‘Churning’ Through PR’s Big Questions

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A couple of high-profile incidents last week once again raised questions as to whether PR is, in effect, “controlling” the national media. Personally, I don’t buy that notion, but the facts do bear some soul-searching.

The week began with a new website, Churnalism.com, aimed at exposing how the British media falls prey to PR’s supposedly sinister efforts to promote client agendas at the expense of fact-based reporting. Essentially, you paste a press release into the site’s search engine and it provides a percentage of that release that appeared, verbatim, in the UK national media. PRWeek (UK) has full coverage and commentary.

Also last Monday, a scathing article in POLITICO reported that Kurt Bardella, deputy communications director for Rep. Darrell Issa (R-Calif.), was leaking private e-mails from certain journalists to a New York Times reporter who is writing a book on Capitol Hill journalism. The hub-bub around that story quickly escalated, and Bardella was summarily fired (rightly so, IMO).

So what does all of this say about the current state of affairs in PR? A couple of thoughts:

  • We need to be very cognizant that PR is a highly visible industry that works with a variety of audiences — media, public, consumers, CEOs, etc. — some of whom have only a passing knowledge of the integral interactions and work we perform with the media, and the often symbiotic relationship that exists between PR and reporters. We need to better explain ourselves.
  • There is simply no excuse for disclosing to one set of reporters or bloggers the line of questioning and information being sought by another. That is a slippery slope toward a tremendous loss of credibility for PR.
  • Perhaps we have taken the concept of giving reporters every piece of information, images, data, etc. a little too far. After all, it’s not our job to report or analyze the news; that’s the realm of reporters and bloggers. And if we’re being accused by sites like Churnalism.com and others of corroborating in the deterioration of fact-based reporting, perhaps it’s time to consider what role, if any, we play.

I’m certainly not saying that’s the case. As I noted in a comment to the PRWeek op-ed, “PR professionals and journalists each play an important role in ensuring that the information conveyed to the public is both truthful and accurate, and is done with the public’s best interests in mind.”

PR’s role in advancing democratic societies is vital and shouldn’t be called into question simply because one website, or one isolated incident of a PR professional secretly giving away the store to competing journalists, has come to light.

But it does leave me feeling a little queasy at the moment; a thought has been running through my mind that maybe, just maybe, we’ve lost some of our core focus as the Wild West of digital and social media rapidly encapsulates all of our work.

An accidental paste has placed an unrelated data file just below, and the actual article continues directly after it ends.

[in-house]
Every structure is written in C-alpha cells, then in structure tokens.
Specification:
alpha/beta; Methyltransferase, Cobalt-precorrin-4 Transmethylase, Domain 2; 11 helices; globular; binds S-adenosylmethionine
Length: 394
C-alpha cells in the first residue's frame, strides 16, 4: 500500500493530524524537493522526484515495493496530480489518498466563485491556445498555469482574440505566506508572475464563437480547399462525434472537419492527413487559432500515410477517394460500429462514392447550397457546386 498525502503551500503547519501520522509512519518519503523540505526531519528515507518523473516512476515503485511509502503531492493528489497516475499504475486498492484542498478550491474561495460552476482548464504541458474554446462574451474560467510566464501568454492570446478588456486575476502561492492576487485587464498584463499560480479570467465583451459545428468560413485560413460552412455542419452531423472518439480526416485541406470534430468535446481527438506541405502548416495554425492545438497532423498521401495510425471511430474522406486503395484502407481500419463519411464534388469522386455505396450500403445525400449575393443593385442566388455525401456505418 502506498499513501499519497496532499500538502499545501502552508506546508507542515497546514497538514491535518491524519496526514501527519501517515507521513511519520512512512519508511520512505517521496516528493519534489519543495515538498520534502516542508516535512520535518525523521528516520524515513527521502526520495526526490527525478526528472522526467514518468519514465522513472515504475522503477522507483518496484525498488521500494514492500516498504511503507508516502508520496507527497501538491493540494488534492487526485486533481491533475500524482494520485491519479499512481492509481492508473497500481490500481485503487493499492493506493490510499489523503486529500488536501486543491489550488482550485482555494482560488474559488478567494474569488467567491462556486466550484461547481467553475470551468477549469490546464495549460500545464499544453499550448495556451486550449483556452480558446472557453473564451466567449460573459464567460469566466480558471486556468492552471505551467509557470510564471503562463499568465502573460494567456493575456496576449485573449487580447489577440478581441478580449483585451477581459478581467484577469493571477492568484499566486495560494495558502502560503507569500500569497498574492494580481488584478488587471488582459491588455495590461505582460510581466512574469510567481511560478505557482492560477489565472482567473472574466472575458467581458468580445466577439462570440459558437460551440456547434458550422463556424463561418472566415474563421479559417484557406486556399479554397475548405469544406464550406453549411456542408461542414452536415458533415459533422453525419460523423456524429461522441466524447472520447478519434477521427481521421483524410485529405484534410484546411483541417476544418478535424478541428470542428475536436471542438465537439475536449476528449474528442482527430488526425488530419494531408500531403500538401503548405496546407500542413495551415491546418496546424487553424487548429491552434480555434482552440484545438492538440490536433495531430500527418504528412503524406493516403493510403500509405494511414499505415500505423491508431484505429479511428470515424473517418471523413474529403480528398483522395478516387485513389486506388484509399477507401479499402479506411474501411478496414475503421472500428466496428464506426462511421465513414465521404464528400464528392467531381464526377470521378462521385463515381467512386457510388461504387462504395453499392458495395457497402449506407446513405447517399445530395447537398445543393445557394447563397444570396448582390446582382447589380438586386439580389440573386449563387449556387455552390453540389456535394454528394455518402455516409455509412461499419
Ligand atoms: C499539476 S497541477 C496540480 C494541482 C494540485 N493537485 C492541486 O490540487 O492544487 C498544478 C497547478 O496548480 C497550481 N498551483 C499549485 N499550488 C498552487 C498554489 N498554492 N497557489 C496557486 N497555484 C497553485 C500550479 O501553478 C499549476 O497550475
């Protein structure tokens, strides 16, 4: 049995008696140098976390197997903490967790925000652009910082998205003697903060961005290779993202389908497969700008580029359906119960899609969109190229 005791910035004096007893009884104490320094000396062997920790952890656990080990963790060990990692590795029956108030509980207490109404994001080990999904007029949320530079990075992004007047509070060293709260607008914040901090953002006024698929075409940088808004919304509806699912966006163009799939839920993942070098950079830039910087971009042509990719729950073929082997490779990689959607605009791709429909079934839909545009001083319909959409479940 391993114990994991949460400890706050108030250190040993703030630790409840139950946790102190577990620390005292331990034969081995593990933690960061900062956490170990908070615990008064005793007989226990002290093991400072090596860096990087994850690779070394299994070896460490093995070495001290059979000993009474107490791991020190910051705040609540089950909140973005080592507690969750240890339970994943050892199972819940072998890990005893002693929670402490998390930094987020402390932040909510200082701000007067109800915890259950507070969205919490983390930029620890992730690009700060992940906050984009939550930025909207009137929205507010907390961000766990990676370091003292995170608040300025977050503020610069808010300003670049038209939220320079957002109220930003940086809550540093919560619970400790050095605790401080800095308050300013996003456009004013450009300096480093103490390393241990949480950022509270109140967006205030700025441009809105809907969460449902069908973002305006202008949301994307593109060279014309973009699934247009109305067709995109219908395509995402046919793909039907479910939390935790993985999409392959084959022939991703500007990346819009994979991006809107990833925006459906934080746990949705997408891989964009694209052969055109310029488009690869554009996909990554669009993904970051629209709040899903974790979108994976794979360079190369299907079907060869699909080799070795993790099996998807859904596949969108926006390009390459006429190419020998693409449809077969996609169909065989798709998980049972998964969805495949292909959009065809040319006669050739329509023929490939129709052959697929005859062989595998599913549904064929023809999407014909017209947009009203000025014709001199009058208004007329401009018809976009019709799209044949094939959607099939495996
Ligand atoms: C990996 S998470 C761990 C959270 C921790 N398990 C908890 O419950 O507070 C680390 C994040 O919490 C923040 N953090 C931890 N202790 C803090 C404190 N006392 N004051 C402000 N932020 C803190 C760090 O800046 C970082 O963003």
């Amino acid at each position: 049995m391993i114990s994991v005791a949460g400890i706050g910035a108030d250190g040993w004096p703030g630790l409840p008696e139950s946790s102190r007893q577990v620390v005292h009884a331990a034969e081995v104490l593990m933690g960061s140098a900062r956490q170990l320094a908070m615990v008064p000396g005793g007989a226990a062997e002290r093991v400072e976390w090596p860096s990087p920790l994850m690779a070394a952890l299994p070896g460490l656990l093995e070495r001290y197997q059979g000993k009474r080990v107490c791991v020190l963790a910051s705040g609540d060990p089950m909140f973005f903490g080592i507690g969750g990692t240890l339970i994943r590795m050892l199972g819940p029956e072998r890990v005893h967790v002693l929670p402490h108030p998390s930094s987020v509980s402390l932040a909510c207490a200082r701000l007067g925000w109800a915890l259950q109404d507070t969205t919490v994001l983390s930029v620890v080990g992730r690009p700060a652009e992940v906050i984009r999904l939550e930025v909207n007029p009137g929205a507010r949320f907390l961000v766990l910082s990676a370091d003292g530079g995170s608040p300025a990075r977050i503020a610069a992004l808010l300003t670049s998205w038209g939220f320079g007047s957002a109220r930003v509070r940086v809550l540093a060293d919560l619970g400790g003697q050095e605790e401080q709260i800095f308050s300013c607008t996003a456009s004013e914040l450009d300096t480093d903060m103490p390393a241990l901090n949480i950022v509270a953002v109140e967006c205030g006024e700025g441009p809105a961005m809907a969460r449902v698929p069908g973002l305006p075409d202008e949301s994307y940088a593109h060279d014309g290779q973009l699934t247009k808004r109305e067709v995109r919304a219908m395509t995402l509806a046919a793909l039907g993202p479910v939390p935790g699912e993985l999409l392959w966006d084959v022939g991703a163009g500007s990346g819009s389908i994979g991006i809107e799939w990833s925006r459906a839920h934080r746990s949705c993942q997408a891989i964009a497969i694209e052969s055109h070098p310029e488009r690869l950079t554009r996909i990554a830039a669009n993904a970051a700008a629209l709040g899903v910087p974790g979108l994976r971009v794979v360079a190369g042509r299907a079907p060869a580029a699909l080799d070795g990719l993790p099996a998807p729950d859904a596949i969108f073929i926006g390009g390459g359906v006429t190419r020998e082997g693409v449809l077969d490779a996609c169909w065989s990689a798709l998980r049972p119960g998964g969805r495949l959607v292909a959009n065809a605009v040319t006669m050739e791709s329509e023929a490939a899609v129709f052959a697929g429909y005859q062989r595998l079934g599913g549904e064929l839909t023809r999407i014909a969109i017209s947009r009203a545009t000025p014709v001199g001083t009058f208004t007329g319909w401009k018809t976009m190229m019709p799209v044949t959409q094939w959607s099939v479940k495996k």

Maybe this is all an aberration coming on the heels of a couple of isolated incidents. All the more reason, I suppose, for PR professionals to be as ethical as possible. Otherwise, we risk losing much of our credibility, along with diminishing the general media industry’s credibility, by putting our own moment in the sun ahead of others.

As the old industry adage goes, the PR guy or gal should never become part of the story.

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  • JoLynne

    Interesting post–I know I’d rather have a reporter come onsite to do a story than reprint my press release, and I’d hate to think I’m discouraging that by putting together a comprehensive press package. I think some papers’ dependence on press releases is a symptom of the current state of journalism, at least in the smaller markets. As newspapers’ budgets and staffs shrink, they rely more and more on press releases to generate copy.

    • http://prbreakfastclub.com/ Keith Trivitt

      Thanks for your input. It’s interesting you note that you’d rather have a reporter come on-site to cover an event or client than pull straight from your press release. I’m curious: Do you do a lot of media relations around events? The reason I ask is because I used to work in sports PR, and I know from my own experience, that was always a major pet peeve of me and my colleagues: when reporters would rely on our press releases rather than actually coming to a game or event and covering it from there.

      Granted, that can’t always be the case, and I absolutely understand that. But you’re right that there is no substitution for covering an event live versus pulling quotes and background info off a press release.

      • http://twitter.com/Jensenborger6 JoLynne Jensen Lyon

        We provide human services–the kind that generates great stories if the reporter sees firsthand what is happening and feel the passion and energy that is there. No matter how well I write, I can’t communicate those things as well as face time with the people we serve can. And if the reporter doesn’t feel it firsthand, the story is more likely to end up in the inside pages, below the fold–especially if the newspaper resists using photos that were not shot by their own staff.